A periodontist is a dentist who specializes in the soft tissues of the mouth and the underlying jawbone which supports the teeth. A dentist must first graduate from an accredited dental school before undertaking an additional three years of study within a periodontology residency training program, in order to qualify as a periodontist.
Conditions Treated by a Periodontist
The periodontist is mainly concerned with preventing the onset of gum disease (periodontal disease), diagnosing conditions affecting the gums and jawbone, and treating gingivitis, periodontitis, and bone loss. Periodontal disease is a progressive condition and the leading cause of tooth loss among adults in the developed world.
The periodontist is able to treat mild, moderate, and advanced gum disease by first addressing the bacterial infection at the root of the problem, providing periodontal treatment, then providing information and education on good oral hygiene and the effective cleaning of the teeth.
The most common conditions treated by the periodontist are:
Gingivitis – This is the mild inflammation of the gums which may or may not be signified by pain and bleeding.
Mild/moderate periodontitis – When the pockets between the teeth and the soft tissues are measured to be between 4-6mm it is classified as moderate periodontitis (gum disease).
Advanced periodontitis – When the pockets between the teeth and the soft tissues, in general, exceed 6mm in depth, significant bone loss may occur, causing shifting or loss of teeth.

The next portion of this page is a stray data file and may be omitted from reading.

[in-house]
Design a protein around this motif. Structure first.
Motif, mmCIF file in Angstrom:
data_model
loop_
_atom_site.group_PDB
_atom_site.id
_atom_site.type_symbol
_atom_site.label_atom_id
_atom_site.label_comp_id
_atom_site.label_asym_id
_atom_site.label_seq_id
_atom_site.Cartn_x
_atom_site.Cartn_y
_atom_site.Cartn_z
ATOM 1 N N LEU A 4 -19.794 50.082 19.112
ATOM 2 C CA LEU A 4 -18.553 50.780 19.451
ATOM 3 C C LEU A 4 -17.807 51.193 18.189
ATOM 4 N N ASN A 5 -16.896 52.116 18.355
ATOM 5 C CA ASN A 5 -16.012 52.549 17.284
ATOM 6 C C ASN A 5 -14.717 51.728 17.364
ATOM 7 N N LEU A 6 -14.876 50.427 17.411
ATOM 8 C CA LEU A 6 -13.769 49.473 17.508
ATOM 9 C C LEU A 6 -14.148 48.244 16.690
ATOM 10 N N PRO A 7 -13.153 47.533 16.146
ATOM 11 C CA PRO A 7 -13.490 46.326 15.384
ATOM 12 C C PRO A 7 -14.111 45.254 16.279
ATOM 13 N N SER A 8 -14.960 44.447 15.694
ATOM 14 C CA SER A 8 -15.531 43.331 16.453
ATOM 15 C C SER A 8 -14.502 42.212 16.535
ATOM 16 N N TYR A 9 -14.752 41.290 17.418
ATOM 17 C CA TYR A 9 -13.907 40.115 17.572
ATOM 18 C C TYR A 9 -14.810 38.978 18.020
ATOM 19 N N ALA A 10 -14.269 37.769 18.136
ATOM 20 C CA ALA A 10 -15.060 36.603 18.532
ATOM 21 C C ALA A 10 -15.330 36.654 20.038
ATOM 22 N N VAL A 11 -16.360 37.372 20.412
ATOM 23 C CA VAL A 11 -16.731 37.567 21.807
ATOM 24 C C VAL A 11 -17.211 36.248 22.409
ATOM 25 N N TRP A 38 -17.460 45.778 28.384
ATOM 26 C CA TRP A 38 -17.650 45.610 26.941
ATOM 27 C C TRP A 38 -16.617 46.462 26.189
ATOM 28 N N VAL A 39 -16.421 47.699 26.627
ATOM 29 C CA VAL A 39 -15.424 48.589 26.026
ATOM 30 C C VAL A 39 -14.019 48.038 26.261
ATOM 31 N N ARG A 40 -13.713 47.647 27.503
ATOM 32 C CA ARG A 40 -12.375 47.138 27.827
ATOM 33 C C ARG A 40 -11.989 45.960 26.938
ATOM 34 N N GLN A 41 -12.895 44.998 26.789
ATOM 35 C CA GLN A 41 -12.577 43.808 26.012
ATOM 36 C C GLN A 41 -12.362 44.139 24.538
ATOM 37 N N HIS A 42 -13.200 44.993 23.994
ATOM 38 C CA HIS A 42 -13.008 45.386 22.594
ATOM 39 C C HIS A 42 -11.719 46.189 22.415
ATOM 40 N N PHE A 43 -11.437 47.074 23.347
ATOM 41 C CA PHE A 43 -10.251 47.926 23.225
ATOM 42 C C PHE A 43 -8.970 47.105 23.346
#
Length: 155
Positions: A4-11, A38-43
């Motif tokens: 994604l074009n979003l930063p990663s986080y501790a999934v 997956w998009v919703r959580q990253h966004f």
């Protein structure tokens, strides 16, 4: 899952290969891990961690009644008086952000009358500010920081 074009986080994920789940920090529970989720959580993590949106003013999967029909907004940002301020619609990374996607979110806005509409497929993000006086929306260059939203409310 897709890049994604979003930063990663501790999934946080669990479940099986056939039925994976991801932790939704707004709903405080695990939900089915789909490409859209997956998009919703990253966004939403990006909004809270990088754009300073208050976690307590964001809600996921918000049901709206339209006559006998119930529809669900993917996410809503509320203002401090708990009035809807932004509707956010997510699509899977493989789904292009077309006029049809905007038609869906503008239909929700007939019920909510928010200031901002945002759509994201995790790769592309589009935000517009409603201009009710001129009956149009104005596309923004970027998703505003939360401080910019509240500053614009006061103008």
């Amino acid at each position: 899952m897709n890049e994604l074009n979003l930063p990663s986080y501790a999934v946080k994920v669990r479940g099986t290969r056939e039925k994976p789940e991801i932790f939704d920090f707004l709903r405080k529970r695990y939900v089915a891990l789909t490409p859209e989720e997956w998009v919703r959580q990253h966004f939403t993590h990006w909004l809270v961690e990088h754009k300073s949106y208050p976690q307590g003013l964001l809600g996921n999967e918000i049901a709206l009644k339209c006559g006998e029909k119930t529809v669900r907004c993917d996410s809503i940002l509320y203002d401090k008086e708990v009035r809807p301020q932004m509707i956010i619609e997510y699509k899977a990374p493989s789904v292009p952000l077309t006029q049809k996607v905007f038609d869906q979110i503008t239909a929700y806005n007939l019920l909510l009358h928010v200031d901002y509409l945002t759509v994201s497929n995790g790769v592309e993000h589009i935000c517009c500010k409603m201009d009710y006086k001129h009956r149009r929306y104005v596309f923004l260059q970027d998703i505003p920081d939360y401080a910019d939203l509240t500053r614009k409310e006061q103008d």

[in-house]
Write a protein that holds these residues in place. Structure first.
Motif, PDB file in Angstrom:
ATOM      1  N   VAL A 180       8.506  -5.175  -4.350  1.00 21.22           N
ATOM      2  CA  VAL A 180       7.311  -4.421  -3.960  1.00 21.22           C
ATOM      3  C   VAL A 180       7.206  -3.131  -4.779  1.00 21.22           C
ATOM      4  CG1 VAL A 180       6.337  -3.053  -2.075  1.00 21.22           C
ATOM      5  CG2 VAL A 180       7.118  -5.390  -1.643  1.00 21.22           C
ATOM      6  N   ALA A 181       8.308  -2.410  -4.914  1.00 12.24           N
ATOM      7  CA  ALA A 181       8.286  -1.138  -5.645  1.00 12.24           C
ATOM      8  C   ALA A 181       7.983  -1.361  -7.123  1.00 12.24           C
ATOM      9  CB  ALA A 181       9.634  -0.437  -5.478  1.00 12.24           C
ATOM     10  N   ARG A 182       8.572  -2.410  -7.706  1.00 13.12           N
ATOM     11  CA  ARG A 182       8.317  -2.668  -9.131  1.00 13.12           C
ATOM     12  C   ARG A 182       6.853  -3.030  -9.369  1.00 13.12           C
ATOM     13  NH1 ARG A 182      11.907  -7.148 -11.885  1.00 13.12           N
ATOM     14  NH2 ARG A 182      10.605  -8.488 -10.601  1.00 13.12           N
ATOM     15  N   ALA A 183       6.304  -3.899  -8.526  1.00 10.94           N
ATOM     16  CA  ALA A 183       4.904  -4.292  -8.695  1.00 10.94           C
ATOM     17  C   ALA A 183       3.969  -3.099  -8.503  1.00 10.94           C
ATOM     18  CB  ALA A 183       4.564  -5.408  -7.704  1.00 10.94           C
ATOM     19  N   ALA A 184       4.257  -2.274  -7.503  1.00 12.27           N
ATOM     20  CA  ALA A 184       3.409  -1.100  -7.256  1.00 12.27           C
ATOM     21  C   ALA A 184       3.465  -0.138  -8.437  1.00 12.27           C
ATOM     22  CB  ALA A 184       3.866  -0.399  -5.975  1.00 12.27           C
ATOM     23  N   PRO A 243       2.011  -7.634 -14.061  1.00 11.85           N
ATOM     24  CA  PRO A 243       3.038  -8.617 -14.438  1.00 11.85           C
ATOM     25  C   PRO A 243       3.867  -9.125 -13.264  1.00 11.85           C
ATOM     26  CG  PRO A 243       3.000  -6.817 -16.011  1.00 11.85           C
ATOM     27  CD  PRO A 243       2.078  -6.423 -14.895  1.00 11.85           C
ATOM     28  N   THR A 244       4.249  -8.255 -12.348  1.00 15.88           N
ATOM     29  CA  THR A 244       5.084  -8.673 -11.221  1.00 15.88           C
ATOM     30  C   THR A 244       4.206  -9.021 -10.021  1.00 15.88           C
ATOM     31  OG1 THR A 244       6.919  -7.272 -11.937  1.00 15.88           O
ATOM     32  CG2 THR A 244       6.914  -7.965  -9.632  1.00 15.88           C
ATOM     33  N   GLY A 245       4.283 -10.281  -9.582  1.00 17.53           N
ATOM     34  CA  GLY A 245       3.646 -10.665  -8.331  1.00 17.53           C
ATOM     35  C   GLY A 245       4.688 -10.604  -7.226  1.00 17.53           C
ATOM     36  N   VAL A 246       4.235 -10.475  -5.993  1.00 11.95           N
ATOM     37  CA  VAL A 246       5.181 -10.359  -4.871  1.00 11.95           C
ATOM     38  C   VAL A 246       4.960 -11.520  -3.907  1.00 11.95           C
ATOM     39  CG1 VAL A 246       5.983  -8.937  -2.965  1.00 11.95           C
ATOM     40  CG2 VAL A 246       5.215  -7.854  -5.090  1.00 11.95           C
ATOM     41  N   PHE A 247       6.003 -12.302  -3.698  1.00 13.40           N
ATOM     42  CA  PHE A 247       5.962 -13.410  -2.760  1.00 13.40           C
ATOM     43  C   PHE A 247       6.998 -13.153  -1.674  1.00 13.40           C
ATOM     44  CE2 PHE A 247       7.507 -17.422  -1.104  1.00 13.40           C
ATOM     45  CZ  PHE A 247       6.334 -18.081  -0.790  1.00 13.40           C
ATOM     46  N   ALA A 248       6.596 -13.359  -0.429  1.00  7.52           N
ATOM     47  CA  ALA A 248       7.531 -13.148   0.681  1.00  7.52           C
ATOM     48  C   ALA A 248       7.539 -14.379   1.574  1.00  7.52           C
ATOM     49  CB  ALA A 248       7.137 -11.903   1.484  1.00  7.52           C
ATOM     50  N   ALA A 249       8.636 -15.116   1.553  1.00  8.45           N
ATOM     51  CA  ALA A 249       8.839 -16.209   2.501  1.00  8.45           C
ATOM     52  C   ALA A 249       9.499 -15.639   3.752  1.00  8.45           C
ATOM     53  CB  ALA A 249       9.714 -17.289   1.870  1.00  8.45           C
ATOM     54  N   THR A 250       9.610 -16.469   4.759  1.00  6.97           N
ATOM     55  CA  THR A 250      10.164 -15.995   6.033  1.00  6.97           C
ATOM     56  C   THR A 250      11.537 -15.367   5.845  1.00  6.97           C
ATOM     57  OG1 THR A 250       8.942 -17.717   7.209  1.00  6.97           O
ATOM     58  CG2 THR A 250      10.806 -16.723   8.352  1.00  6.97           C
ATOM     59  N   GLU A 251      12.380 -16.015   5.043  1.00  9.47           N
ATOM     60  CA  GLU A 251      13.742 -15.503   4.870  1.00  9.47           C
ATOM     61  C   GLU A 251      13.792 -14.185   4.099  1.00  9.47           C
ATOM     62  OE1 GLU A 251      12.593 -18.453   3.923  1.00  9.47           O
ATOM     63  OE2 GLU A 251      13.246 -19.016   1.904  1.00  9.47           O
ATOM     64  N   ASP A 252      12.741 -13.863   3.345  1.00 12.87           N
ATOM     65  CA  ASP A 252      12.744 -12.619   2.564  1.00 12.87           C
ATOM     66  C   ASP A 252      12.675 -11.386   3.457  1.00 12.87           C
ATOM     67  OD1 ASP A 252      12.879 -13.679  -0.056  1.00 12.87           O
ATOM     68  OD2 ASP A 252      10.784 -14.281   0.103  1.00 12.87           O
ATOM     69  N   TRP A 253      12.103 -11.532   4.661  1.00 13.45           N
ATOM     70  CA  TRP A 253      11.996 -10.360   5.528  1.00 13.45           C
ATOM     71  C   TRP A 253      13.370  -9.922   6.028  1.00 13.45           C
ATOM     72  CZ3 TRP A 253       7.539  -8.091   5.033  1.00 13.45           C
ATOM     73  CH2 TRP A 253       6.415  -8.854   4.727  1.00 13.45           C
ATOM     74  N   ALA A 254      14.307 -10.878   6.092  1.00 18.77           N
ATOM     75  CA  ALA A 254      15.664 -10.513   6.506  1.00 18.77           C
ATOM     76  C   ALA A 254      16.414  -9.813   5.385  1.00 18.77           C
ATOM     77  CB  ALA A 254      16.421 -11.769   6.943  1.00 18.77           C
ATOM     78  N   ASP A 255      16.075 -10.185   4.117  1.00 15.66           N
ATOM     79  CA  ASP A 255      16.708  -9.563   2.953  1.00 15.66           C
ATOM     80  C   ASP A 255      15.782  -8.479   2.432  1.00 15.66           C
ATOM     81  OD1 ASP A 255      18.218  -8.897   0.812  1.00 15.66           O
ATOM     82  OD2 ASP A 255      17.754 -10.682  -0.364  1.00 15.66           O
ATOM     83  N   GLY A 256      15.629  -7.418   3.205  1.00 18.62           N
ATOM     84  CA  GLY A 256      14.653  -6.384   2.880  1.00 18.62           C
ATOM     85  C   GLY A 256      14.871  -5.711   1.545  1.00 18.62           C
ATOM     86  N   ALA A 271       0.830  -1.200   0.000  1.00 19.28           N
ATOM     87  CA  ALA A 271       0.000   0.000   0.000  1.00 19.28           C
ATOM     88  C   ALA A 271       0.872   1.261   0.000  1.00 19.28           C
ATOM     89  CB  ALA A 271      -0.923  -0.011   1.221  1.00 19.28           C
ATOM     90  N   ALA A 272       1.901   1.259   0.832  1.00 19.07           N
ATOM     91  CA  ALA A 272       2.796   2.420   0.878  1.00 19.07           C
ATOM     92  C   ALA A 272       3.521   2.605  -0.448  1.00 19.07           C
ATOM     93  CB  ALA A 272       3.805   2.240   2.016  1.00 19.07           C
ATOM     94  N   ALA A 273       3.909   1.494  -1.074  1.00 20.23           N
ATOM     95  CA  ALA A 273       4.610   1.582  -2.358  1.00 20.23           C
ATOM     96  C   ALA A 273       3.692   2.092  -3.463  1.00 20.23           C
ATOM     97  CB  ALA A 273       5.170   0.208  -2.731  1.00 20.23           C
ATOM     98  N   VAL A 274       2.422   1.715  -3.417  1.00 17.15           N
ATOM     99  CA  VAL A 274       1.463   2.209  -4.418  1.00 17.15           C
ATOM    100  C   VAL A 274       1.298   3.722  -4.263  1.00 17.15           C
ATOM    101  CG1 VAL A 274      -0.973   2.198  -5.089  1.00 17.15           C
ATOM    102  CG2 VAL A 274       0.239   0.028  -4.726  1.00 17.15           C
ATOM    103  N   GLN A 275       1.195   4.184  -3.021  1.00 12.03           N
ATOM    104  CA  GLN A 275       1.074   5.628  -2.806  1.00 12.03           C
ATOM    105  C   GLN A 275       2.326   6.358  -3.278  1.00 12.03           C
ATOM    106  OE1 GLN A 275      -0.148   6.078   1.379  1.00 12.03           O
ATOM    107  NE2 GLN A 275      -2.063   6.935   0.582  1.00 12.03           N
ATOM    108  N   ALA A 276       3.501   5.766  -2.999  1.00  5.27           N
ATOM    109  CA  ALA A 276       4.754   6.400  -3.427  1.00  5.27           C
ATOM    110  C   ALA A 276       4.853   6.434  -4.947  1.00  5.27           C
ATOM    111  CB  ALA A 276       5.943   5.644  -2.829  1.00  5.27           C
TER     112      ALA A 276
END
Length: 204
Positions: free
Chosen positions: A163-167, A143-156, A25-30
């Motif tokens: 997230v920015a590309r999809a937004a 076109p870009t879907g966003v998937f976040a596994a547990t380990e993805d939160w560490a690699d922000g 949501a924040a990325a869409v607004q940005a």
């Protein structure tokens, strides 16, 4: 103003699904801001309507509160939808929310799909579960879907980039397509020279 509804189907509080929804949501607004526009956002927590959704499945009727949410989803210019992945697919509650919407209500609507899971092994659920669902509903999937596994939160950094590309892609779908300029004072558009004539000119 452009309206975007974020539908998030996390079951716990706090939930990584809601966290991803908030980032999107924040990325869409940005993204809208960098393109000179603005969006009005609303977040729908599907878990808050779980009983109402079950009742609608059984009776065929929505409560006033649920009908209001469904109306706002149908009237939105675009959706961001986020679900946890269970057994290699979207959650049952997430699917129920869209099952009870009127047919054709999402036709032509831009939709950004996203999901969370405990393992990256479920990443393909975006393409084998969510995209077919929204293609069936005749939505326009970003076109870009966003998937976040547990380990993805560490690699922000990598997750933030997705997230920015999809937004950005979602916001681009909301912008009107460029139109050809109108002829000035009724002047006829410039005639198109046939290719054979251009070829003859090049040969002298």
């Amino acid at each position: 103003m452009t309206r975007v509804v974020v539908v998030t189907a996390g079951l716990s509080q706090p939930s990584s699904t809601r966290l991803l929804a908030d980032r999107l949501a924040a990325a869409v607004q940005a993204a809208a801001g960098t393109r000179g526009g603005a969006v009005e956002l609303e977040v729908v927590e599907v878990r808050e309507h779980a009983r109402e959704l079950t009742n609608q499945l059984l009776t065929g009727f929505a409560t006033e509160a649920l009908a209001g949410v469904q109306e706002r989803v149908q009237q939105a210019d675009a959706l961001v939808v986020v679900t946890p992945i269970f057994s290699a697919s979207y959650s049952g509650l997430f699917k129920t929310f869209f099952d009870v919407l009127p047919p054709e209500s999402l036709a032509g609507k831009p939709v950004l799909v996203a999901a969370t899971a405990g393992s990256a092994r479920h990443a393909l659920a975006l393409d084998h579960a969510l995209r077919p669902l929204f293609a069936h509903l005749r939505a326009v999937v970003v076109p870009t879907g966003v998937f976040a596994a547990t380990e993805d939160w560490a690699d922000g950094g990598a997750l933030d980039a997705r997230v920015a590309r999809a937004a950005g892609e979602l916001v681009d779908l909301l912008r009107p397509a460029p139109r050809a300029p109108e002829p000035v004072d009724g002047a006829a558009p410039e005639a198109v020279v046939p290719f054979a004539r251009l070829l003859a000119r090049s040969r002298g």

Treatments Performed by a Periodontist
The periodontist is able to perform a wide range of treatments to halt the progression of gum disease, replace missing teeth, and make the appearance of the smile more aesthetically pleasing.
Here are some of the treatments commonly performed by the periodontist:
Osteoplasty (hard tissue recontouring) – Once periodontitis has been treated, the periodontist can recontour the hard tissue to make the smile both natural-looking and aesthetically pleasing.
Gingivoplasty (soft tissue recontouring) – As gums recede due to periodontitis, the teeth may appear longer, causing a “toothy” smile. The periodontist can remove tissues or straighten the gum line to make the teeth look more even.
Deep pocket cleanings – As gingivitis and periodontitis progress, it becomes more difficult to cleanse the pockets between the soft tissues and the teeth. The periodontist can scale and root plane the teeth (sometimes under local anesthetic) to remove debris and infection-causing bacteria.
Crown lengthening – In order to expose more of the natural tooth, the periodontist can remove some of the surrounding gingival tissue.
The periodontist is a highly skilled dental health professional who is able to diagnose and treat many commonly occurring soft tissue and bone problems in the oral cavity.